Morocco is a country that has been influenced by many different cultures over its long history. Their cuisine is a reflection of this cultural melting pot. Mediterranean influences mix with Arabic, Berber, and Subsaharan ingredients to create flavorful taste profile that’s fresh, earthy, and spicy.
Although the islands of Japan have been occupied since the Paleolithic era, there have been long periods when the people of Japan have been isolated from even their closest neighbors, which has led to the development of their own religion – Shinto – as well as a unique culture.
No matter where you go in the country, you’ll be exposed to culinary traditions that focus on taking great ingredients and pairing them with fresh spices, herbs, and vegetables to create unexpected flavors. All great Filipino cuisine strives to balance sweet, sour, and salty.
If you’ve been dreaming of an escape, Brazil may be calling your name. With an average yearly temperature of 77° and diverse regions that include beaches, rainforests, mountains, and savannas, Brazil is a place that’s unsurprisingly diverse in its population as well. As a result, their culinary tradition has evolved to encompass a vast variety of different dishes, including European, African, and even Asian influences.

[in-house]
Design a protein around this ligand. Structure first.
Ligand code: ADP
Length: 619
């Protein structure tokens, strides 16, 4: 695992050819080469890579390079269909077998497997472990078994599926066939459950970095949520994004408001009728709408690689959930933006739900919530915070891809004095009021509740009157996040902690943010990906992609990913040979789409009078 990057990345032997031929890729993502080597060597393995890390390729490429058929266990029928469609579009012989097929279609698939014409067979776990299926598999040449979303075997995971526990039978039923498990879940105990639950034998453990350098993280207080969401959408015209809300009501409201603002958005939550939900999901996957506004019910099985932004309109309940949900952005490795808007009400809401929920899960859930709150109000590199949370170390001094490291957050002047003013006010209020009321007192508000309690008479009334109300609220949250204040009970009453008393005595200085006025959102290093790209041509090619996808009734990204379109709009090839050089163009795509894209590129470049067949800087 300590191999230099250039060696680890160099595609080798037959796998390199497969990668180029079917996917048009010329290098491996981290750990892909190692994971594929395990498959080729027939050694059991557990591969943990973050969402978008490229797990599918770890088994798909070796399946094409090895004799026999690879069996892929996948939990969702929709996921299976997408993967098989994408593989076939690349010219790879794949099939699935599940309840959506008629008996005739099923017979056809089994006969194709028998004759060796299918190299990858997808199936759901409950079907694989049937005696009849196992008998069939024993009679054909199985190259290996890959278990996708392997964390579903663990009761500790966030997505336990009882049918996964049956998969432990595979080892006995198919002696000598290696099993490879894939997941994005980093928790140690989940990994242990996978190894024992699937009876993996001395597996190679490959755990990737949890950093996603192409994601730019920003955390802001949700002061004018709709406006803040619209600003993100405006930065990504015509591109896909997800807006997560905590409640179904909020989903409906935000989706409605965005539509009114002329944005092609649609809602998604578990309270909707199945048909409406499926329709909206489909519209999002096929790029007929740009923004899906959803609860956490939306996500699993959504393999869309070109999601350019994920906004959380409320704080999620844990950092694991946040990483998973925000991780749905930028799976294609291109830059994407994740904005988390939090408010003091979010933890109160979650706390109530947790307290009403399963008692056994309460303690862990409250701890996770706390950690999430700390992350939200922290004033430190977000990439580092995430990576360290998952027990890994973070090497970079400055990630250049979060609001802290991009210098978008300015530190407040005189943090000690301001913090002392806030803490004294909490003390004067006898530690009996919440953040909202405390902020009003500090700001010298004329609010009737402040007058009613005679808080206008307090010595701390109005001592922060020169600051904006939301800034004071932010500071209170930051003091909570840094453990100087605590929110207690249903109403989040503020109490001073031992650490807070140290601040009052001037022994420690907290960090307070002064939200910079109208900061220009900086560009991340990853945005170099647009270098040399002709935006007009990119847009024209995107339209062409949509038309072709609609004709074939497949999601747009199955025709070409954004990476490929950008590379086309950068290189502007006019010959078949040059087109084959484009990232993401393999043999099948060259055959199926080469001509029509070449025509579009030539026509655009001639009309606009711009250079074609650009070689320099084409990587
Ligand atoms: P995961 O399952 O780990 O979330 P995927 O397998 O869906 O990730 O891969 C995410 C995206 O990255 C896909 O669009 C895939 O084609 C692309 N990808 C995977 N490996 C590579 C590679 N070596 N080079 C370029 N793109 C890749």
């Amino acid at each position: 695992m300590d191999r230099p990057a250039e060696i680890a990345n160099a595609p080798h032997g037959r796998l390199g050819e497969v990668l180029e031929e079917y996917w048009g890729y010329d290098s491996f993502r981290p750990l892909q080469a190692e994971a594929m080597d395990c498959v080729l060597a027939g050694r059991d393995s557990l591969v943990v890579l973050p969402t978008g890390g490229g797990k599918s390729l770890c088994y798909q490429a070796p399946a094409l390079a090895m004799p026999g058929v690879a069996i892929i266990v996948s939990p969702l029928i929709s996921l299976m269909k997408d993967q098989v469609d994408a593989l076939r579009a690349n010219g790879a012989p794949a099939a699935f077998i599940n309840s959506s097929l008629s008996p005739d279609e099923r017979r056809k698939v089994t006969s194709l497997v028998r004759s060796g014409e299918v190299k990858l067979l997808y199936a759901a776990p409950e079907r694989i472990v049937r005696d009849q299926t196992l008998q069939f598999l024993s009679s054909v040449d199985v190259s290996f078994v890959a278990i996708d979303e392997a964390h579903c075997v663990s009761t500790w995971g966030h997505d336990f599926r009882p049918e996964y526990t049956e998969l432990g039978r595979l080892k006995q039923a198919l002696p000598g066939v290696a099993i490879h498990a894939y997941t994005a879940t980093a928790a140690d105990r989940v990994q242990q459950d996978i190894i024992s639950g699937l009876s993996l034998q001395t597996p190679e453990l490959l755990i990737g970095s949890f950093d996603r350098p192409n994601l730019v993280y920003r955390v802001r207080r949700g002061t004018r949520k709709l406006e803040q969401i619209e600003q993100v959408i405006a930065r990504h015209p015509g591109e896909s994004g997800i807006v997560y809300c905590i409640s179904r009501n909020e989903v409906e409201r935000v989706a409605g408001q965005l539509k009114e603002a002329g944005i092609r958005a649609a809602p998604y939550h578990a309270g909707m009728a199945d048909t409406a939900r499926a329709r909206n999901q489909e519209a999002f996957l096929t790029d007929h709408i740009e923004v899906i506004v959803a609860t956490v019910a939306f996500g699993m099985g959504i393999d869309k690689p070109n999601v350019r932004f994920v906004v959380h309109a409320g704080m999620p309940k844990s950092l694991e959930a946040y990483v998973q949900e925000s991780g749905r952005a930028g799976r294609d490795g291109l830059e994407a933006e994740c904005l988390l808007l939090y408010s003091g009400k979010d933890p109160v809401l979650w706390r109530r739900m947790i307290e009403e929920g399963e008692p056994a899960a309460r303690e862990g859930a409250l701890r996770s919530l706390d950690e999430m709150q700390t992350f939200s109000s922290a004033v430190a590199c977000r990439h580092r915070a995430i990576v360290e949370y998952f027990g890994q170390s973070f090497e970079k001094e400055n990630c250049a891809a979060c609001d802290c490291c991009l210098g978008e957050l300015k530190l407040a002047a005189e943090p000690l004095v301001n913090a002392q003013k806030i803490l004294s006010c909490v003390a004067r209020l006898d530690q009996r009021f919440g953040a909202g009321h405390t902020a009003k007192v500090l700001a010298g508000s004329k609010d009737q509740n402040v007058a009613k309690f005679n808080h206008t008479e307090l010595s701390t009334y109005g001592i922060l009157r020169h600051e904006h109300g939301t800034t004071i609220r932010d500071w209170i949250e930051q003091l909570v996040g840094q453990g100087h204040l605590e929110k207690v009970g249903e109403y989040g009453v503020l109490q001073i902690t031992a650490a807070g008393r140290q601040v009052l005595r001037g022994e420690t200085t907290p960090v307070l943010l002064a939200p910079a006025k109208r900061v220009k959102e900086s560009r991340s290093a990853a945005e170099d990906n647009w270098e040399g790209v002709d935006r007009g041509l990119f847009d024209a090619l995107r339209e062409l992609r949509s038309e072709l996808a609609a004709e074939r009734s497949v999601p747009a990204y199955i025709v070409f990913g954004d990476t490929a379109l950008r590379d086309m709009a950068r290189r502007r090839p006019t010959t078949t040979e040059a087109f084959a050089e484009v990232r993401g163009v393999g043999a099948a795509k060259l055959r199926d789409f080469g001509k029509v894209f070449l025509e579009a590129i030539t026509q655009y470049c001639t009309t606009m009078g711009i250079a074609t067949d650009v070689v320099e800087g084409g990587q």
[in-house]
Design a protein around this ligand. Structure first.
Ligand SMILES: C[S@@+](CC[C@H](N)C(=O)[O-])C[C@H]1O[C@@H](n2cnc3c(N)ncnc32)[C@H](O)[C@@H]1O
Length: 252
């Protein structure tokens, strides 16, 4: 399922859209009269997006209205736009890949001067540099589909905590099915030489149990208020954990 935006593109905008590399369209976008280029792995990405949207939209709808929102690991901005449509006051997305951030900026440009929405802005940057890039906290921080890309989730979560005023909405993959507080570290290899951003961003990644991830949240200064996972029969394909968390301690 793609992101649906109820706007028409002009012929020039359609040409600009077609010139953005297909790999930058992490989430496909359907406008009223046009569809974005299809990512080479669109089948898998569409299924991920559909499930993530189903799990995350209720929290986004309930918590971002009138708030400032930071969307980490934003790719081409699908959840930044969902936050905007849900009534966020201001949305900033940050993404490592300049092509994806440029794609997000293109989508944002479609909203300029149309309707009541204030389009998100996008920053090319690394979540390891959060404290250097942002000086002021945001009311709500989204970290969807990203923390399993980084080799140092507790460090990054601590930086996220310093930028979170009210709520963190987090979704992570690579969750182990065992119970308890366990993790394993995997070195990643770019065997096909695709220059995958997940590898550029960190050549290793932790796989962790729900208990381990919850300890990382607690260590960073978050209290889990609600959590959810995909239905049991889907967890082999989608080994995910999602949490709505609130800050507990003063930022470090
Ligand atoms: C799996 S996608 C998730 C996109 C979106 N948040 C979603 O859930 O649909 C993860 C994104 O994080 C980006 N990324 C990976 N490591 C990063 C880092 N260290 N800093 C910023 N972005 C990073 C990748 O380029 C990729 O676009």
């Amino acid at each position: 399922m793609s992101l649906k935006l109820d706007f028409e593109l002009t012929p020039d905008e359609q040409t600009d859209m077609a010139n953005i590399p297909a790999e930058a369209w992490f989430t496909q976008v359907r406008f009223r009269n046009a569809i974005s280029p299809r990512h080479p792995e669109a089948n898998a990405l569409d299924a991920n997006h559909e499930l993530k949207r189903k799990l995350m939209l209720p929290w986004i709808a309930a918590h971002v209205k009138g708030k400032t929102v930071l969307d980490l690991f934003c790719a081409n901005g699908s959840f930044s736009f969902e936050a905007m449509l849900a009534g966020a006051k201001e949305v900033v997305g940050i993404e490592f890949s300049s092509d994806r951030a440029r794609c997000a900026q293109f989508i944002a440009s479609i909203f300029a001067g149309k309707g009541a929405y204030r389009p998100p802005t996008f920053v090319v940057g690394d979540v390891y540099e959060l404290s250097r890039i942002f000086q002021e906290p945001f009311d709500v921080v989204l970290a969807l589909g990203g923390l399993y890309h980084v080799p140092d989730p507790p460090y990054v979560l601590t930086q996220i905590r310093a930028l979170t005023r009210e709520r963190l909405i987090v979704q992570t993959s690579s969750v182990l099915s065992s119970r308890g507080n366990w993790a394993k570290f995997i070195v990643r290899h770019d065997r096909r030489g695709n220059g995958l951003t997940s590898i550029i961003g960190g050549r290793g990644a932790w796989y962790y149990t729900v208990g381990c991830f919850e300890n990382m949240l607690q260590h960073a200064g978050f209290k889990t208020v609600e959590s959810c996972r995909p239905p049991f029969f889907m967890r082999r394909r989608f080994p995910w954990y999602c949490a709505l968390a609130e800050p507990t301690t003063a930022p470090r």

Although Britain has a history of bland and unappetizing food, chefs in England have recently brought back some authentic recipes and are giving them a modern spin for a whole new take on traditional British cooking. The next generation of chefs have banished flavorless food and are busy scouring the countryside for the newest ingredients to incorporate into their cuisine.
If you’re visiting for the first time, it’s not hard to see that food has become a central part of everyday life. There’s even a specific Spanish word for the leisurely conversation that follows a meal. If you’re traveling through the country, take the time to get to know each region’s unique cuisine, and use this list to help you find your ideal meal.
One of the most satisfying things to do in a new city is to venture to a lookout point – either somewhere high up or far away – and get a good look at the skyline. Not only is it a spectacular way to get to know the features of this new place, but it can also help you navigate by giving you a sense of the scope of the city. Are most of the big buildings clustered in a small downtown core, or do they sprawl farther than your eye can see?